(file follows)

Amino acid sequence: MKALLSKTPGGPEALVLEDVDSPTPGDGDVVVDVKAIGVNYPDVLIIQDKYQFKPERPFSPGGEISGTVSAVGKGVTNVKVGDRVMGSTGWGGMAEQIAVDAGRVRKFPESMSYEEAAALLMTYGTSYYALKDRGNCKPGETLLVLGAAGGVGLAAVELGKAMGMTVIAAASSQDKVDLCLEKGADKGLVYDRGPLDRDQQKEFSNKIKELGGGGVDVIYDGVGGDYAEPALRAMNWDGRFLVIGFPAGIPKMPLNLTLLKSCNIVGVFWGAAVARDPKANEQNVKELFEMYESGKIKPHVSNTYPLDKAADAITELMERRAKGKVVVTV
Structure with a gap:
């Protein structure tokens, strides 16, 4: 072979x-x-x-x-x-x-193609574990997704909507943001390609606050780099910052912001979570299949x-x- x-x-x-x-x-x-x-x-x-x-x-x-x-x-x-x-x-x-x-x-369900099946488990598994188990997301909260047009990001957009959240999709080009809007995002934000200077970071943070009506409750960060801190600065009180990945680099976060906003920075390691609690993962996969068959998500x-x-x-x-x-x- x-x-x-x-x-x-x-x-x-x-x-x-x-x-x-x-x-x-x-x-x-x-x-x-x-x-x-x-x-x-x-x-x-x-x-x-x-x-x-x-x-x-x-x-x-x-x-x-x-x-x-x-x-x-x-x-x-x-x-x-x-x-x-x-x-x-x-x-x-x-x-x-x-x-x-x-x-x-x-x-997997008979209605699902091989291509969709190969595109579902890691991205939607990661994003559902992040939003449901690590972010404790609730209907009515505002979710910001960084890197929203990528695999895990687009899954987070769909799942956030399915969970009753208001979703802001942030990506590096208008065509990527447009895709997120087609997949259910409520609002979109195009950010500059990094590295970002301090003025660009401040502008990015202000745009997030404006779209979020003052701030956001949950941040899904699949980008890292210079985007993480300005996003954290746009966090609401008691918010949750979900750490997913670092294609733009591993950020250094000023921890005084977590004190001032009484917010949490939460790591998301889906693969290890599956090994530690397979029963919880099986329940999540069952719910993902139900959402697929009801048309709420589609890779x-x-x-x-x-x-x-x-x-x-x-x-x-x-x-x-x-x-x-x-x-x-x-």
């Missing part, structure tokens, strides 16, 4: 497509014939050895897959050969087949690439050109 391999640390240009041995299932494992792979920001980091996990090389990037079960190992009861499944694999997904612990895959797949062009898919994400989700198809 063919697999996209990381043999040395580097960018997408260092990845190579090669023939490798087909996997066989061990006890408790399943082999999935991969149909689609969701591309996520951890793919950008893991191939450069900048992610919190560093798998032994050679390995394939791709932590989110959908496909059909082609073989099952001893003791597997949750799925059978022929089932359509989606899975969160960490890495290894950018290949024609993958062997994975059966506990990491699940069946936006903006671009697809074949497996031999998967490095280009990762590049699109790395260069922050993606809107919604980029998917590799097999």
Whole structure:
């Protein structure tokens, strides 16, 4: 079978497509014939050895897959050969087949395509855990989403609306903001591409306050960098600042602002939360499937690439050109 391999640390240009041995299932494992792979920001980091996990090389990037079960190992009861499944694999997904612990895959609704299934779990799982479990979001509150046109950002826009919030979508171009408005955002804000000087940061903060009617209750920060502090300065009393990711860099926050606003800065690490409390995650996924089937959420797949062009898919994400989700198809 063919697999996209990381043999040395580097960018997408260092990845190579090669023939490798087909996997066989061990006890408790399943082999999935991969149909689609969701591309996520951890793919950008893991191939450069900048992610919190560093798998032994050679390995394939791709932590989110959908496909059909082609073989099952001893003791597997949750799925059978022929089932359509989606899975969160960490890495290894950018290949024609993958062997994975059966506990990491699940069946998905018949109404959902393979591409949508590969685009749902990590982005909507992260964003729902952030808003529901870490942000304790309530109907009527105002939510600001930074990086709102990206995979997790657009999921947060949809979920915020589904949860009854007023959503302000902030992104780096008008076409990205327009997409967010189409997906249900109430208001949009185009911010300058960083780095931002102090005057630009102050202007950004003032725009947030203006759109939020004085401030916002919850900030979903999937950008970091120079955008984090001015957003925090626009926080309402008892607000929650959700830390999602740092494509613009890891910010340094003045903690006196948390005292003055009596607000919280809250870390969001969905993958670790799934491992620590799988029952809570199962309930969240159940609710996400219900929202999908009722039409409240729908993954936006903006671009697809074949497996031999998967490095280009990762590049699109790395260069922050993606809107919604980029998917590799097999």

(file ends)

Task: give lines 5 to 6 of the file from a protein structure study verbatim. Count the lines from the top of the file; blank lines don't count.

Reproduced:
Whole structure:
């Protein structure tokens, strides 16, 4: 079978497509014939050895897959050969087949395509855990989403609306903001591409306050960098600042602002939360499937690439050109 391999640390240009041995299932494992792979920001980091996990090389990037079960190992009861499944694999997904612990895959609704299934779990799982479990979001509150046109950002826009919030979508171009408005955002804000000087940061903060009617209750920060502090300065009393990711860099926050606003800065690490409390995650996924089937959420797949062009898919994400989700198809 063919697999996209990381043999040395580097960018997408260092990845190579090669023939490798087909996997066989061990006890408790399943082999999935991969149909689609969701591309996520951890793919950008893991191939450069900048992610919190560093798998032994050679390995394939791709932590989110959908496909059909082609073989099952001893003791597997949750799925059978022929089932359509989606899975969160960490890495290894950018290949024609993958062997994975059966506990990491699940069946998905018949109404959902393979591409949508590969685009749902990590982005909507992260964003729902952030808003529901870490942000304790309530109907009527105002939510600001930074990086709102990206995979997790657009999921947060949809979920915020589904949860009854007023959503302000902030992104780096008008076409990205327009997409967010189409997906249900109430208001949009185009911010300058960083780095931002102090005057630009102050202007950004003032725009947030203006759109939020004085401030916002919850900030979903999937950008970091120079955008984090001015957003925090626009926080309402008892607000929650959700830390999602740092494509613009890891910010340094003045903690006196948390005292003055009596607000919280809250870390969001969905993958670790799934491992620590799988029952809570199962309930969240159940609710996400219900929202999908009722039409409240729908993954936006903006671009697809074949497996031999998967490095280009990762590049699109790395260069922050993606809107919604980029998917590799097999």